Thursday, February 09, 2006

Max Bacon

"Max was the larger-than-life drummer with the Ambrose Orchestra for many years, who also had a unique Jewish-style humour. Prior to joining Ambrose in late 1927, he had been with Leon van Straten's band in 1926 and also was briefly with Fred Elizalde's band (which seems to be made up of Ambrose musicians) and Al Starita's Kit-Cat band (probably a temporary substitute for Eric Little). He was a regular member of Ronnie Munro's band which recorded for Parlophone and Imperial from 1926 to 1929, and also with Arthur Lally's band at Decca in the early 1930s. His stint with Ambrose lasted until 1940 and his wry comments may be heard on a number of comedy titles, including the famous number "Cohen the Crooner (The Crosby of Mile-End)" which is extant on film. On leaving Ambrose, Max went into variety, and also acting, taking small parts in films and television shows."

These two tracks were sent on a cassette from a chap who dubbed them from old 78's using the "oil" method, whatever that means. He said it made for smooth running of the needle through the grooves of scratchy old wax discs. This style of crazy jewish humour reminds me of Stanley Unwin and his nonsense language.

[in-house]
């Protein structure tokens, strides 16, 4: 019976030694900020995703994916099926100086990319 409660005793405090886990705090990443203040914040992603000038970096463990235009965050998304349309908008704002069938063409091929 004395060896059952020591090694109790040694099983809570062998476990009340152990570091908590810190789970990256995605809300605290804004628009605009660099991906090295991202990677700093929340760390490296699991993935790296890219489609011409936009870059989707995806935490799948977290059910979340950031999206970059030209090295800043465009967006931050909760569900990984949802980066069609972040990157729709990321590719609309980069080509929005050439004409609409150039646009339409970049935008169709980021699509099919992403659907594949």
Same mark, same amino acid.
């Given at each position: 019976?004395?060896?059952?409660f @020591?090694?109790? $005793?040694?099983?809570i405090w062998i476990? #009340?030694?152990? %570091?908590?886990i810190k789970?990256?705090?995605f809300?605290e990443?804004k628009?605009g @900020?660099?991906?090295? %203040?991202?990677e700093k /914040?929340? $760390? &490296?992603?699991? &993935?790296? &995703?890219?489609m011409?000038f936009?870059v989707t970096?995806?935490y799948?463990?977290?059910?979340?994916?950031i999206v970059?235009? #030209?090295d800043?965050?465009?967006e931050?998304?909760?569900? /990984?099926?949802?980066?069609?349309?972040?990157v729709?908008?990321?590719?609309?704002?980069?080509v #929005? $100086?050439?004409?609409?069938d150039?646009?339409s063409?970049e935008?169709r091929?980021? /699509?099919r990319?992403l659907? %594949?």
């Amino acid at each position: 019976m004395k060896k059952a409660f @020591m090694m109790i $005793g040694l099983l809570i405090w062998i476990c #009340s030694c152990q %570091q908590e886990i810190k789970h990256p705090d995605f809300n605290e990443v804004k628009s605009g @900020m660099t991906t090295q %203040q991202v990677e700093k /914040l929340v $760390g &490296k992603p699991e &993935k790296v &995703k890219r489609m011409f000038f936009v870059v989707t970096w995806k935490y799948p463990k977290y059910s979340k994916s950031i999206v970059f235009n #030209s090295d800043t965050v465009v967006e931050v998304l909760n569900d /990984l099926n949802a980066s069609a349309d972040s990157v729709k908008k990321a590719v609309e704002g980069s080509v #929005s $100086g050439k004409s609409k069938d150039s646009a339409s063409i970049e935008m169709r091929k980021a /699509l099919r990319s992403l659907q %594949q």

Max Bacon - Little Red Hooding Ride

Max Bacon - William T. Hell

These You Send It files are available for seven days or until exhausted.


Dan Straen said...

Reminds me of Harry Enfield's creation "Stavros" he used on Saturday live. Uncanny!

michael said...

Yes, it does a bit doesn't it! That gibberish vein that runs through the Goons and the Mighty Boosh and certain types of British comedy seems quite timeless.

Cocaine Jesus said...

i love all that nonsense talk. and yes british humor does seem timeless doesn't it?

sid said...

I saw this post for the first time today.
Although it is 2 years old I really hope I can still get a download of this wonderful old 78 Max Bacon recording. I had this record in the 50s and as kids in South Africa we listened to it many many times